Background: The prevalence of dementia in nursing home (NH) residents is high, and pain is a troublesome symptom for them. Several studies since 2010 have focused on pain in NH residents with dementia, but there is a lack of systematic reviews on the prevalence of pain in NH residents with dementia.
Aim: To systematically review observational studies published from 2010 to 2023 on how pain is assessed and prevalence of pain found in NH residents with dementia.
Methods: A systematic search was conducted in the MEDLINE, PubMed, PsycINFO, Embase, CINAHL, AgeLine, and Cochrane databases for studies published from January 2010 to August 2023. Studies were included if they were observational studies with a quantitative design where self-report, staff assessment, and/or chart review were used to define the prevalence of pain in samples or subsamples of NH residents with dementia.
Results: Of 184 studies considered, 25 were included. The studies assessed pain as daily, present, clinically relevant, chronic, intermittent, persistent pain and/or if pain affected quality of life. The prevalence of pain was high in most studies of NH residents with dementia independent of whether pain was reported as presence of pain or clinically relevant pain, but the prevalence varied from 8.6% to 79.6%. This prevalence was quite stable across the NH stay, but higher towards the end of life (up to 80.4%). Study designs and methodologies differed considerably. About half relied on an observational assessment inventory.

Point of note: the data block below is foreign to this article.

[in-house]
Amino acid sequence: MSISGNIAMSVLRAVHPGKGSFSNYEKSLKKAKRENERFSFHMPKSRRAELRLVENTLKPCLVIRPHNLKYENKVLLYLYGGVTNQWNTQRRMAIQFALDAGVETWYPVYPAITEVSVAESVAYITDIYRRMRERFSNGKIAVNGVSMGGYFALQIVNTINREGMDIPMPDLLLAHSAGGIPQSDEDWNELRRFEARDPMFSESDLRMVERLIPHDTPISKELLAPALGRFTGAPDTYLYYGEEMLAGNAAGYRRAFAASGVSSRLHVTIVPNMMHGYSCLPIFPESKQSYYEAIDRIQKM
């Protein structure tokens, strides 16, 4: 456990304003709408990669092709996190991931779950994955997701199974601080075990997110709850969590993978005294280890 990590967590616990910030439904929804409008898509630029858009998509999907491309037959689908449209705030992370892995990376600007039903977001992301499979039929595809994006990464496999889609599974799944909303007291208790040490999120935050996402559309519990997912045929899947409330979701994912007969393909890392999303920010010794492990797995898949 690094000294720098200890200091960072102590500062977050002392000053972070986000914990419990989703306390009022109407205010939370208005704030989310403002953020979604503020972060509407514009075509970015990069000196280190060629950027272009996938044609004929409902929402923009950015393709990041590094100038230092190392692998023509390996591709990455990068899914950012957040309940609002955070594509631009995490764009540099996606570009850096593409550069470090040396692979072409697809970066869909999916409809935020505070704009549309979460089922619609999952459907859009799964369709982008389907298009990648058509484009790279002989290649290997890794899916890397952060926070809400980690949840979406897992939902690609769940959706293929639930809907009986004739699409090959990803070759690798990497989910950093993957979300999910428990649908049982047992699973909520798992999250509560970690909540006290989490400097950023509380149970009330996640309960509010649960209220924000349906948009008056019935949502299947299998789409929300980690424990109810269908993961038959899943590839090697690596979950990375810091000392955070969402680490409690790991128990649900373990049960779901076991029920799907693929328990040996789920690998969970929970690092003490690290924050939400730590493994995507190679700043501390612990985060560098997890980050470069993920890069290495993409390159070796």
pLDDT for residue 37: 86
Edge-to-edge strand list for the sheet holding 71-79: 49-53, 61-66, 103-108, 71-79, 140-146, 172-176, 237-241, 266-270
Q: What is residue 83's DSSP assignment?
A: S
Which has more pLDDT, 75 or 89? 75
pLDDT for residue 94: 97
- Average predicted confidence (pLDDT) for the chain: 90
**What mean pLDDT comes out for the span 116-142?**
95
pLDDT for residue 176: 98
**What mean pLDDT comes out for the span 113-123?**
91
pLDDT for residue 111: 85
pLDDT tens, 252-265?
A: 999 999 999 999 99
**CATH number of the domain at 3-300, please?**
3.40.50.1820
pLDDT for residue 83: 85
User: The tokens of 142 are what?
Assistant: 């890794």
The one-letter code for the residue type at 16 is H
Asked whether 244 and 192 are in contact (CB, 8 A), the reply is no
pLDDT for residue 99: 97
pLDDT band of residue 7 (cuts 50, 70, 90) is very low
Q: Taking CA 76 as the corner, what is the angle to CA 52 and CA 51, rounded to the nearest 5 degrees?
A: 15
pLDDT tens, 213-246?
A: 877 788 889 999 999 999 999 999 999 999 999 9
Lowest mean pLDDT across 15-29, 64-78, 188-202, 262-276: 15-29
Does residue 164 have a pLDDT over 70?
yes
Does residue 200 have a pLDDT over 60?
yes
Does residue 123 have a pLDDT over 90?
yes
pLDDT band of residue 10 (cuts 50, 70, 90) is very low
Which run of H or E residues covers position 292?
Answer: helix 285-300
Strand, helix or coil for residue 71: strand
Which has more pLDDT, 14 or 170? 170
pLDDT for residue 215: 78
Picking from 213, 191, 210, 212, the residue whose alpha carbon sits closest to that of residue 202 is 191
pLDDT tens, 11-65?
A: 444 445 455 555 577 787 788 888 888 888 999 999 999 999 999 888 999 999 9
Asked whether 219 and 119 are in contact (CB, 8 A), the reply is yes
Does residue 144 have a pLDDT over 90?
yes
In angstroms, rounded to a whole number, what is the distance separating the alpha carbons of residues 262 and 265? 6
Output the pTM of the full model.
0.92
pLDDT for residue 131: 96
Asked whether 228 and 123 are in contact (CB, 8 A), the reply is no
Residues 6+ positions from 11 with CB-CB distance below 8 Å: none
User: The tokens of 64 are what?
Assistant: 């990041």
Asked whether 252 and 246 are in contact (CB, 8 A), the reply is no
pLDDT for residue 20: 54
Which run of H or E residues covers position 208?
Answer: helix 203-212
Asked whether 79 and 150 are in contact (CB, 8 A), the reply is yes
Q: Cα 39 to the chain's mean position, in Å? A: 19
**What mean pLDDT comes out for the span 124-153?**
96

Conclusion: The number of studies focusing on pain in NH residents with dementia was restricted and methodologies differed considerably. Relatively few studies used an observational assessment inventory. In view of the fact that residents with dementia may have difficulties communicating pain, clinicians should pay attention to pain in these residents, systematically and reliably uncover pain by use of observational inventories, and subsequently treat pain to secure high quality care.Tilgang til artikkelen